Review of Egyptology: The Missing Millennium Ancient Egypt in Medieval Arabic Writi

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Review of Egyptology: The Missing Millennium Ancient Egypt in Medieval Arabic Writi

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  1. #1
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    Review of Egyptology: The Missing Millennium Ancient Egypt in Medieval Arabic Writi


    Review of Egyptology: The Missing Millennium, Ancient Egypt in Medieval Arabic
    Writings, by Okasha El Daly
    noha abokrysha Wrote In 12-6-2009

    Book Review of ‘Egyptology: The Missing Millennium’ by Okasha El-Daly
    Ruveyda Ozturk*
    Review of Egyptology: The Missing Millennium, Ancient Egypt in Medieval Arabic Writings, by Okasha El Daly. London: UCL Press, 2005. Paperback: 230 pages; ISBN-10: 1844720624 – ISBN-13: 978-1844720620. Dimensions: 9.1 × 6.1 × 0.7 inches.

    Contents
    1-. Presentation of the book
    http://www.maktoobblog.com/redirectL...3D1105%23sec_1

    2. About the Author
    http://www.maktoobblog.com/redirectL...3D1105%23sec_2

    3. Contents of the book
    http://www.maktoobblog.com/redirectL...3D1105%23sec_3

    4. Further resources
    http://www.maktoobblog.com/redirectL...3D1105%23sec_4


    نقره لتكبير أو تصغير الصورة ونقرتين لعرض الصورة في صفحة مستقلة بحجمها الطبيعي
    نقره لتكبير أو تصغير الصورة ونقرتين لعرض الصورة في صفحة مستقلة بحجمها الطبيعيإنتَبِهوا!فكثيراًمن الأمورالهامة البَعض يقع فيها بحُسن نيـِّة http://www.ebnmaryam.com/vb/t179459.html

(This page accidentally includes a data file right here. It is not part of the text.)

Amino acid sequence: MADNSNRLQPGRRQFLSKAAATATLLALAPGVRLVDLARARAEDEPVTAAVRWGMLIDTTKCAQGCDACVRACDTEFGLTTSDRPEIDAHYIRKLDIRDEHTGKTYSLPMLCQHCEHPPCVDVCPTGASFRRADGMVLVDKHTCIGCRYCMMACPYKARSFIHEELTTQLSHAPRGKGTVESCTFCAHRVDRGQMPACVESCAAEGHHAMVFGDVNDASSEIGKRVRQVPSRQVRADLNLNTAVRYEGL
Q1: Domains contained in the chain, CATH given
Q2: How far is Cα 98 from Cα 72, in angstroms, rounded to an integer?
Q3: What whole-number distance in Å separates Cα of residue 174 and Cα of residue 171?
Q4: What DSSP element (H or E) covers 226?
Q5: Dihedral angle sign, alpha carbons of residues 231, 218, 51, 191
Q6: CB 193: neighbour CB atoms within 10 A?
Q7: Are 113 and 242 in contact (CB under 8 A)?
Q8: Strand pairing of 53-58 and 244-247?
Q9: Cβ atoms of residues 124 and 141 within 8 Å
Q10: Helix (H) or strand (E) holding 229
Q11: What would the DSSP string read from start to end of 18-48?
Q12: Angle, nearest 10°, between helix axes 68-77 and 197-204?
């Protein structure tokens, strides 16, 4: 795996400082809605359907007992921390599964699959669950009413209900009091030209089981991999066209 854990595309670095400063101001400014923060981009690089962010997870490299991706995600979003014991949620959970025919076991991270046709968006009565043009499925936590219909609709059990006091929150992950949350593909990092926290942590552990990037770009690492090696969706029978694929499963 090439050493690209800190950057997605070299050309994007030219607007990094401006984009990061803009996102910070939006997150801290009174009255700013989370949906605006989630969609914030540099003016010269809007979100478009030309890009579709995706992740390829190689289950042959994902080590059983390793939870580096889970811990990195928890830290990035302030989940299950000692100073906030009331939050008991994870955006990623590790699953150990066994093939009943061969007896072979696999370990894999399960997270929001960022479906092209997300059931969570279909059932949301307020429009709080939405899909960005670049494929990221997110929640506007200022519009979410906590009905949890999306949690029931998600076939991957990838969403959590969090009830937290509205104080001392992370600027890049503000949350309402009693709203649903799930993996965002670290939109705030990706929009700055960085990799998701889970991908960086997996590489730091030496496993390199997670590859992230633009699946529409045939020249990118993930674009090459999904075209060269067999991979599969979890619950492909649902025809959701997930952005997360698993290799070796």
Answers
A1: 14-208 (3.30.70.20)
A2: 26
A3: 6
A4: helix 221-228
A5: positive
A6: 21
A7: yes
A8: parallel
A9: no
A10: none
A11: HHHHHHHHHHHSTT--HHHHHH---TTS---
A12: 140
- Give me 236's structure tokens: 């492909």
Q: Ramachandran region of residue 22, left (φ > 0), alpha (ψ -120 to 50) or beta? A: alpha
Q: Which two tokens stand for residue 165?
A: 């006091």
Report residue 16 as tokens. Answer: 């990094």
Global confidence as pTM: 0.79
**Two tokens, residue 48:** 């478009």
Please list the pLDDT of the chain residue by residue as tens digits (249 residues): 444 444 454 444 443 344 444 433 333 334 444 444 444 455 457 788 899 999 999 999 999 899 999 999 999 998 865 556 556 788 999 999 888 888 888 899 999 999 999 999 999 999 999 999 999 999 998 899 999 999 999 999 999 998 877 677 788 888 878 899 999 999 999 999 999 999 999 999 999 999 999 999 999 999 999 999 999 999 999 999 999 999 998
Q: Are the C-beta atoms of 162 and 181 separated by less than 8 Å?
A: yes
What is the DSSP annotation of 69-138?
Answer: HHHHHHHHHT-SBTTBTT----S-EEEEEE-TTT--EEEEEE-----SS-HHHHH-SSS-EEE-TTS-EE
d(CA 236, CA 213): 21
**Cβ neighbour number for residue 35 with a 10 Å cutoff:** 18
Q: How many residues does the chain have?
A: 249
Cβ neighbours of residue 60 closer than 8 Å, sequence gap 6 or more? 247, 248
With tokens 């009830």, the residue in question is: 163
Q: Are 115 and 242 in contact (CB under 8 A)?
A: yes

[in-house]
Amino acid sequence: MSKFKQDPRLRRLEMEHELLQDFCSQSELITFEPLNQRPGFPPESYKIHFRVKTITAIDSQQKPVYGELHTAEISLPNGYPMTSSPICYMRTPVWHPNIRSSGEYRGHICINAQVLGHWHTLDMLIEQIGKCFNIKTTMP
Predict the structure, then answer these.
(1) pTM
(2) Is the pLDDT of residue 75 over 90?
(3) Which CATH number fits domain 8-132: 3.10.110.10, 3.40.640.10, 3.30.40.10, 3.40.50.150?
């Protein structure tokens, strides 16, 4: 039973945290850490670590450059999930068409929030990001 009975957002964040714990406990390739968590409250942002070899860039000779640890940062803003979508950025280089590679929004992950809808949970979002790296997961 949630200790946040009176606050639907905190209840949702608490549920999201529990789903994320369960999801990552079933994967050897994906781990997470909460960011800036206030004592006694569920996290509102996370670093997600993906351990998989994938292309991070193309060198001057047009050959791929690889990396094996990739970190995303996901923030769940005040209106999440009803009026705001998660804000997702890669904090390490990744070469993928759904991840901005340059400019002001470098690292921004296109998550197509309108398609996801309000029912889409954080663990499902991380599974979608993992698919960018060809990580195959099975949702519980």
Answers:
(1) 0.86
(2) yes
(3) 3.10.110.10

أى مُتنَصِر لا يساوى ثمن حذآئِهhttp://www.ebnmaryam.com/vb/t30078.html
    القساوسَة مَدعوون للإجابَة على الآتى
    http://www.ebnmaryam.com/vb/t179075.html
    مُغلَق للتَحديث

  2. #2
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    1. Presentation of the book

    The contributions of the Islamic World to modern science have been a matter of discussion for a while now as different aspects of the studies and developments carried out by Muslims of the past have been covered and analysed in a number of texts. Through wide ranging publications and exhibitions carried out by various organisations including the FSTC, it is now commonly accepted that as Europe was living through its dark ages with little scientific development and social improvement, the Muslim world was using knowledge inherited from the past civilisations to prepare a more advanced future and find answers to questions

    http://www.maktoobblog.com/redirectL...Millennium.jpg